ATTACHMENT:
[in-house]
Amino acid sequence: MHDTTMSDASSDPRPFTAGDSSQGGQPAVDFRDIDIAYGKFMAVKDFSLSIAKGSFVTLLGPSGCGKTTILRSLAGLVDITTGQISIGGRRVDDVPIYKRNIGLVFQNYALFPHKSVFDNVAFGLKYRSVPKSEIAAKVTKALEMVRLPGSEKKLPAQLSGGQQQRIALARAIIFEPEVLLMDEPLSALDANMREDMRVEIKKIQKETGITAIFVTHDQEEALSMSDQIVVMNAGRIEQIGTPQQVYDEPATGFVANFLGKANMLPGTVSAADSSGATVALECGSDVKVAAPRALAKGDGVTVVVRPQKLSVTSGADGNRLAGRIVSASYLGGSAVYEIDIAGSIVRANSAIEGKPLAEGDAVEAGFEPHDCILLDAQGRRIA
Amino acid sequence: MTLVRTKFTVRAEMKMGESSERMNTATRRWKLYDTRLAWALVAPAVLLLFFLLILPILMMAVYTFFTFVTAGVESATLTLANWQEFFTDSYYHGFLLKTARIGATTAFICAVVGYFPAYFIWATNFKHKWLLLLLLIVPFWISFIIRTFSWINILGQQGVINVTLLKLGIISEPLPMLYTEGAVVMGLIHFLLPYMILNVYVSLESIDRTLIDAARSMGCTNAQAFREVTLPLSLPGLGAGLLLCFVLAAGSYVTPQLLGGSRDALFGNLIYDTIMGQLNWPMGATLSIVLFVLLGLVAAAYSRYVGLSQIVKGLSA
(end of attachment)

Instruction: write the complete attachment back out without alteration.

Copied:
[in-house]
Amino acid sequence: MHDTTMSDASSDPRPFTAGDSSQGGQPAVDFRDIDIAYGKFMAVKDFSLSIAKGSFVTLLGPSGCGKTTILRSLAGLVDITTGQISIGGRRVDDVPIYKRNIGLVFQNYALFPHKSVFDNVAFGLKYRSVPKSEIAAKVTKALEMVRLPGSEKKLPAQLSGGQQQRIALARAIIFEPEVLLMDEPLSALDANMREDMRVEIKKIQKETGITAIFVTHDQEEALSMSDQIVVMNAGRIEQIGTPQQVYDEPATGFVANFLGKANMLPGTVSAADSSGATVALECGSDVKVAAPRALAKGDGVTVVVRPQKLSVTSGADGNRLAGRIVSASYLGGSAVYEIDIAGSIVRANSAIEGKPLAEGDAVEAGFEPHDCILLDAQGRRIA
Amino acid sequence: MTLVRTKFTVRAEMKMGESSERMNTATRRWKLYDTRLAWALVAPAVLLLFFLLILPILMMAVYTFFTFVTAGVESATLTLANWQEFFTDSYYHGFLLKTARIGATTAFICAVVGYFPAYFIWATNFKHKWLLLLLLIVPFWISFIIRTFSWINILGQQGVINVTLLKLGIISEPLPMLYTEGAVVMGLIHFLLPYMILNVYVSLESIDRTLIDAARSMGCTNAQAFREVTLPLSLPGLGAGLLLCFVLAAGSYVTPQLLGGSRDALFGNLIYDTIMGQLNWPMGATLSIVLFVLLGLVAAAYSRYVGLSQIVKGLSA